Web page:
5 Skills for leading through a global crisis
While governments and health bodies rally to contain COVID-19 and limit the impact of the pandemic, businesses are finding themselves navigating through new and unprecedented terrain.
In times of crisis and uncertainty, organisations look to their leaders even more than usual to provide solidity, confidence and clarity.
Leaders, of course, are themselves under immense pressure as markets follow waves of upheaval. They, too, are human and subject to a full spectrum of emotion that includes fear and anxiety.
Yet, they need to continue making good decisions that instil trust. Not easy, but the abilities required to operate this way are within reach.
“COVID-19 looks set to test the remote capabilities of all organisations worldwide, as more employees will likely be working from home due to government instruction, self-isolation or otherwise. This will impact almost all business functions” warns Alan Hiddleston, Director of Corporate Learning EMEA at D2L.
But it’s not solely about maintaining operational outcomes; business leaders also have a responsibility to their employees.
Jog Hundle, Partner at Mills & Reeve, advises that both HR and business leads “need to be particularly aware of the need to balance their obligations to protect the health and safety of their staff with the operational requirements of the organisation to which they are accountable.”
Effective leadership through crises like the coronavirus outbreak requires strong managerial capability, but it also requires softer skills that underlie sustained performance and a problem-solving mindset.
Two-way feedback, motivation and communication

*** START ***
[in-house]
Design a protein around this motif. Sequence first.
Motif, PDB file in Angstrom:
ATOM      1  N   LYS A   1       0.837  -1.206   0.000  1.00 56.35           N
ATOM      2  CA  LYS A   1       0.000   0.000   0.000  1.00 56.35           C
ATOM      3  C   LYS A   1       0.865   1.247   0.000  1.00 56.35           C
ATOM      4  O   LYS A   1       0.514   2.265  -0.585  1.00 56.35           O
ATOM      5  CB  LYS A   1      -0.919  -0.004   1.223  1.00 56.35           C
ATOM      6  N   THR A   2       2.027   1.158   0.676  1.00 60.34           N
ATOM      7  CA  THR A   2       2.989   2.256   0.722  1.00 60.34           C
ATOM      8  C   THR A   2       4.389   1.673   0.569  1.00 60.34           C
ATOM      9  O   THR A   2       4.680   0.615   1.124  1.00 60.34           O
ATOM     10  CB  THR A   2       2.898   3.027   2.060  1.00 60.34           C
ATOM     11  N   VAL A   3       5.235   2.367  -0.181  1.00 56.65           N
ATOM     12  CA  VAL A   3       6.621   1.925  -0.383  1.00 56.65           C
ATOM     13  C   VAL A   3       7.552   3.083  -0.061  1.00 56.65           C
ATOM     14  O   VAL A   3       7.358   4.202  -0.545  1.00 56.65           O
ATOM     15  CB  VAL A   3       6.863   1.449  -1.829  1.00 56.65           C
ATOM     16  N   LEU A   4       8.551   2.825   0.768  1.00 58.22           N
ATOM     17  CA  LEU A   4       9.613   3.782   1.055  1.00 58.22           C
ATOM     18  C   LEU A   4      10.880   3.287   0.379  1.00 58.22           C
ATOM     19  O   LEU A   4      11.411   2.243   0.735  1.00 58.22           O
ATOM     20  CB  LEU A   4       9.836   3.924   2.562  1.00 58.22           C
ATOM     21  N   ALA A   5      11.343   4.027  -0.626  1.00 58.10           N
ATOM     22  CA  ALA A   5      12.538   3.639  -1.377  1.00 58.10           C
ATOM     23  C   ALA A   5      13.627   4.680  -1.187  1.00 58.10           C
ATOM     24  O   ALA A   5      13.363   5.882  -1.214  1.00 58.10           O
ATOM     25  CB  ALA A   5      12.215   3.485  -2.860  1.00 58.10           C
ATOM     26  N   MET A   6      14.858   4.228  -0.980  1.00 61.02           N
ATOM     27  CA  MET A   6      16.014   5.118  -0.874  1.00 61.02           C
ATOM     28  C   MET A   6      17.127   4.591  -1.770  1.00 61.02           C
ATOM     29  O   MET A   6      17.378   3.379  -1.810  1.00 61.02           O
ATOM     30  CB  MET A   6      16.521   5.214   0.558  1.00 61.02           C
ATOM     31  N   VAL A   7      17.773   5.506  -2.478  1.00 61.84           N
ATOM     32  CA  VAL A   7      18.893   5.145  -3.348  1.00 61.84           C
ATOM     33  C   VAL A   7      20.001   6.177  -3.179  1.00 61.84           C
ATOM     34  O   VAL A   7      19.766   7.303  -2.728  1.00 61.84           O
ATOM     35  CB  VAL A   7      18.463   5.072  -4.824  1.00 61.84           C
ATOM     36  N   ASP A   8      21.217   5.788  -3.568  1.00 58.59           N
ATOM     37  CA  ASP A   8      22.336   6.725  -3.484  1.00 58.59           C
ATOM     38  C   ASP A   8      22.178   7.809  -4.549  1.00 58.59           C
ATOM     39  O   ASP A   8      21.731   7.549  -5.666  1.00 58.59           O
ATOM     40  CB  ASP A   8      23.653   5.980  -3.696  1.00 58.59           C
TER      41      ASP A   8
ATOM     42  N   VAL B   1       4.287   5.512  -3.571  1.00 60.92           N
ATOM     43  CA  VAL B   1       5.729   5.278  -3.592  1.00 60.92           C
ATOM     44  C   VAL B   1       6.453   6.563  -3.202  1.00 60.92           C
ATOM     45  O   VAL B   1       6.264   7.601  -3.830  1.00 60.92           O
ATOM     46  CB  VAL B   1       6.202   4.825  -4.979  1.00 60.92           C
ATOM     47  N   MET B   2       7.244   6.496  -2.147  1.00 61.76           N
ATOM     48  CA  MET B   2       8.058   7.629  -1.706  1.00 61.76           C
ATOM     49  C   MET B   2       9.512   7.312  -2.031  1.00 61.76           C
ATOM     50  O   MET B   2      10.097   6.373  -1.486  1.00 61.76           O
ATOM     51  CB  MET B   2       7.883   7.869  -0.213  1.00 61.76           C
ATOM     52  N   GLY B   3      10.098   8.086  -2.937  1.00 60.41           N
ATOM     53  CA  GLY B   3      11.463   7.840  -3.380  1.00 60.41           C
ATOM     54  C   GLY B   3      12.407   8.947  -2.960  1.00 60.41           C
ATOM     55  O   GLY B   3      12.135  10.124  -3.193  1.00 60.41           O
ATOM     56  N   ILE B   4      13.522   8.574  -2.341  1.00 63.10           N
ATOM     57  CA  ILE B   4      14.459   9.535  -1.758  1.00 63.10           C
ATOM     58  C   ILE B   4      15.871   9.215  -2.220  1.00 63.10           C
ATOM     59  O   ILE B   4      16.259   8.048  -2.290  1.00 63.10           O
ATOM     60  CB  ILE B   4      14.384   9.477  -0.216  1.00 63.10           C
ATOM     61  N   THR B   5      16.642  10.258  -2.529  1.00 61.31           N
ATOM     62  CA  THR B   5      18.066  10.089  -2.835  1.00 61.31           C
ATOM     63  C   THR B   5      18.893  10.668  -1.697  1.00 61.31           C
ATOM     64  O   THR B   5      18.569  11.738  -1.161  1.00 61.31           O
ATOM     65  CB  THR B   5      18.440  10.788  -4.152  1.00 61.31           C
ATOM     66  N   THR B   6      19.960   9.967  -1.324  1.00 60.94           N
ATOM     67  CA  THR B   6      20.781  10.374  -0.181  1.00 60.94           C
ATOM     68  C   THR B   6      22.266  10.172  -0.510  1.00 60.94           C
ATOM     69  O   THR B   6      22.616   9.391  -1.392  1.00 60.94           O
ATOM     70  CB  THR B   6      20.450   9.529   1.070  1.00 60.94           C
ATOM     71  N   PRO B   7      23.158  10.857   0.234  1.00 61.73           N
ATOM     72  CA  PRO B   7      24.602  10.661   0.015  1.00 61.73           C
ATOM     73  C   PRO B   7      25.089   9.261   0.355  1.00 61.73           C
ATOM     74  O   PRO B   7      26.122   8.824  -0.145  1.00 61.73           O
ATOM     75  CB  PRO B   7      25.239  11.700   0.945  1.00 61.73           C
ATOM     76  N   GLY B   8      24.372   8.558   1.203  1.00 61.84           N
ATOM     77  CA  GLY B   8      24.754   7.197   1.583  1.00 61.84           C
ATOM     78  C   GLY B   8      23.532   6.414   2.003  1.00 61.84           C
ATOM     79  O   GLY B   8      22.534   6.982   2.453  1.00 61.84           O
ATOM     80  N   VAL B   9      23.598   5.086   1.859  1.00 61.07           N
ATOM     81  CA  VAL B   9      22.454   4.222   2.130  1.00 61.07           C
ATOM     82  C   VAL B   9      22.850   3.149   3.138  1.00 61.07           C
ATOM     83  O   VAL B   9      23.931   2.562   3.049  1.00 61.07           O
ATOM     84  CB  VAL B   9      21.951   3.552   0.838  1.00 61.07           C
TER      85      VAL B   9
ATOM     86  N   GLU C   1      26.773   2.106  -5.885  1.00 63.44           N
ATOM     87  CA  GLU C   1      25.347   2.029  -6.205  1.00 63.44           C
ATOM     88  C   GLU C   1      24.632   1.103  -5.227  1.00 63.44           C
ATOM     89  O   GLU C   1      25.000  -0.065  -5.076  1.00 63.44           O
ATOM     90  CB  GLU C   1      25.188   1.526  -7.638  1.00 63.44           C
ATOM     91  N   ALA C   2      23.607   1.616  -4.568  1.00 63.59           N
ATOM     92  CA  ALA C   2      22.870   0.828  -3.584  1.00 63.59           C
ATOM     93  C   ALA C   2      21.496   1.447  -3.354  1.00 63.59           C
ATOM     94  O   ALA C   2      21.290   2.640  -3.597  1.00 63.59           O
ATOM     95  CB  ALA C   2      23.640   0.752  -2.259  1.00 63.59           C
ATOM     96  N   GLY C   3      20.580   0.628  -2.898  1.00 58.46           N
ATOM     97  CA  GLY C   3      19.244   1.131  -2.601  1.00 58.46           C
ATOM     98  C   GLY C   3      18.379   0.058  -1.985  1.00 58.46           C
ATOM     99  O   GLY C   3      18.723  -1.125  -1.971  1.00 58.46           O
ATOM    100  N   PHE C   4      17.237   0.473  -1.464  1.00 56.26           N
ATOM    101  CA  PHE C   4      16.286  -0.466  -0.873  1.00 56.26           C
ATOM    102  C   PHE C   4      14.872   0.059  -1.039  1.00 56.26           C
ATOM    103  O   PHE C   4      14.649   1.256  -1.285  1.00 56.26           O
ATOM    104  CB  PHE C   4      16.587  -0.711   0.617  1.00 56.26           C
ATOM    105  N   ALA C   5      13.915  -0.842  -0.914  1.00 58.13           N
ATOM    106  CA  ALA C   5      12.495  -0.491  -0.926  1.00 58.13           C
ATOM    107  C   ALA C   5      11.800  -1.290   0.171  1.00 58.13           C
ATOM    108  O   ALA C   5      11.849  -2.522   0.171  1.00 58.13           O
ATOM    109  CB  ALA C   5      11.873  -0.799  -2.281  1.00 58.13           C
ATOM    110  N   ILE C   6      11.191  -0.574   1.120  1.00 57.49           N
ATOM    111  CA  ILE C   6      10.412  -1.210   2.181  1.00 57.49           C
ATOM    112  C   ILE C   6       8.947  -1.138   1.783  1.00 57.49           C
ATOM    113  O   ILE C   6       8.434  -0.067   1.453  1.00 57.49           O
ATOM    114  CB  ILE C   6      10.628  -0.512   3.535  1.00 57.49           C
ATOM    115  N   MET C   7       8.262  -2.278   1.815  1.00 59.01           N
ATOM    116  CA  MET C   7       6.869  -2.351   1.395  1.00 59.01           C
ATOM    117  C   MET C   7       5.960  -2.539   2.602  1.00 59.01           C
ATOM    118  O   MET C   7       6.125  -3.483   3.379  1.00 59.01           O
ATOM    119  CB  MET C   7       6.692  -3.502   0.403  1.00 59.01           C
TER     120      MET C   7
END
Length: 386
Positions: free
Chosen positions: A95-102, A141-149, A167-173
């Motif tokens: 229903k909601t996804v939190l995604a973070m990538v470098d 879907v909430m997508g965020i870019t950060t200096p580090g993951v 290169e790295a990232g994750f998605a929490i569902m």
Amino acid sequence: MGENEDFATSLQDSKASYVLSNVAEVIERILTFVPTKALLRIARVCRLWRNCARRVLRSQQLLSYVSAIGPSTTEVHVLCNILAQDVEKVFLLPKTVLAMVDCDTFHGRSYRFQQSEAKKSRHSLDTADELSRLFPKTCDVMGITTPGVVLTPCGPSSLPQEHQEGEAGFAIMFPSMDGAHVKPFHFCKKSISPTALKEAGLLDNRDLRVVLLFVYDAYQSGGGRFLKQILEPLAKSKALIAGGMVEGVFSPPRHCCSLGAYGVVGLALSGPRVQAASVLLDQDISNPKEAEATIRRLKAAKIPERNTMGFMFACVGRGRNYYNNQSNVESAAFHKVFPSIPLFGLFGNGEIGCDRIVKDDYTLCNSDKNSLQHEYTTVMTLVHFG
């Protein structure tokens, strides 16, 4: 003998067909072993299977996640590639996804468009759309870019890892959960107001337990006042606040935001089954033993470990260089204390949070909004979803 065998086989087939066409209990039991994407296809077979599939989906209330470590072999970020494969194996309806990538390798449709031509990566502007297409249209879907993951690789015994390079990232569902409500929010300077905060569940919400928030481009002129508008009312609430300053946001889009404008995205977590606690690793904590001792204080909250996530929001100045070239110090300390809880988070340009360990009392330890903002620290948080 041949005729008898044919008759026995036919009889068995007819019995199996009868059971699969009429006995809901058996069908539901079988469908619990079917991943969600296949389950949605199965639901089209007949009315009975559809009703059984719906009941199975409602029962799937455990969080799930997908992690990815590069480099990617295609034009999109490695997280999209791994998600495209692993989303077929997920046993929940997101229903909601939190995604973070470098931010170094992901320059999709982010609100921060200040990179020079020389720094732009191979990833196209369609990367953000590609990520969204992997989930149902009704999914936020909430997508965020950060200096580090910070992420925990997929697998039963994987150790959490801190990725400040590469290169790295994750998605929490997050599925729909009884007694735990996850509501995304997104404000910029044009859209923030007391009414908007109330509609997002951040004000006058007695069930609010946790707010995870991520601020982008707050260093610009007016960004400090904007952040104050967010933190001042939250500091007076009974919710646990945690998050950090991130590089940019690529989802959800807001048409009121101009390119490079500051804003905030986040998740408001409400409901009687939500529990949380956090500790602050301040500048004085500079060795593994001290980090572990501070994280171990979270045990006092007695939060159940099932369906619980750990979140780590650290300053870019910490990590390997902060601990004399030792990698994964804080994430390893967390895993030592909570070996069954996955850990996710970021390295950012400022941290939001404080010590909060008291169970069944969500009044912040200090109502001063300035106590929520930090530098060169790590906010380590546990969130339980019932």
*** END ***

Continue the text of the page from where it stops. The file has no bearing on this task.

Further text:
In a time of flux employees more than ever, need their leaders to stay calm and engage with their fears and worries.
Geoff Watts, Scrum Alliance Certified Agile Coach and expert on Agile Leadership, points out “leaders must create ‘psychological safety’ because when people are frightened, they are unable to think creatively about solving problems. Instead, they can only think about self-preservation”.
More so, with such an abundance of information available in the public sphere, there’s a higher risk of incorrect facts causing fear and panic. By stepping up communication updates, organisations can alleviate these anxieties quickly. However, this should not be a one-way channel but rather a dialogue.
Employees need to feel safe to express their concerns and feel heard. Geoff goes on to argue “good leaders will need to consider their language and positioning about the outbreak. They will need to give their employees the permission to openly discuss their concerns and feel safe to fail, and safe in the knowledge that the business as a whole has the confidence in their abilities to weather this storm.”
Thrive in ambiguity
“It’s astounding that even the biggest Silicon Valley tech companies are in meltdown at the prospect of teams now having to work from home. Why?”
One of the most immediate and widespread responses to the COVID-19 outbreak has been the dissolution of conventional work arrangements in favour of staff working from home.
Remote working is hardly a new concept. However, many businesses interpret presenteeism as an indication of productivity and motivation. Hence shying away from instilling virtual working models into their companies.
Jessica Nordlander, Chief Operating Officer at Thoughtexchange, says “it’s astounding that even the biggest Silicon Valley tech companies are in meltdown at the prospect of teams now having to work from home. But why? The technology to enable ultra-productive and scalable remote working has existed for years”.
“Senior leadership need to develop their trust levels with their employees”
In reality, the change to home-working is more likely to involve a shift in perspective rather than working practice itself.
“Senior leadership need to develop their trust levels with their employees, believing that they do not need to physically see them and check in with them on their progress as frequently as previously possible,” advises Geoff Watts.
Willingness to work with and through others
Regardless of their own internal experience, leaders need to be able to embody the confidence that permits those around them to feel calm and present. This confidence often needs to originate somewhere deeper than self-esteem.
A leader who identifies as being part of something bigger than themselves feel less personally threatened by crises. It is then that leaders are able to tap into the parts of themselves that inspire others.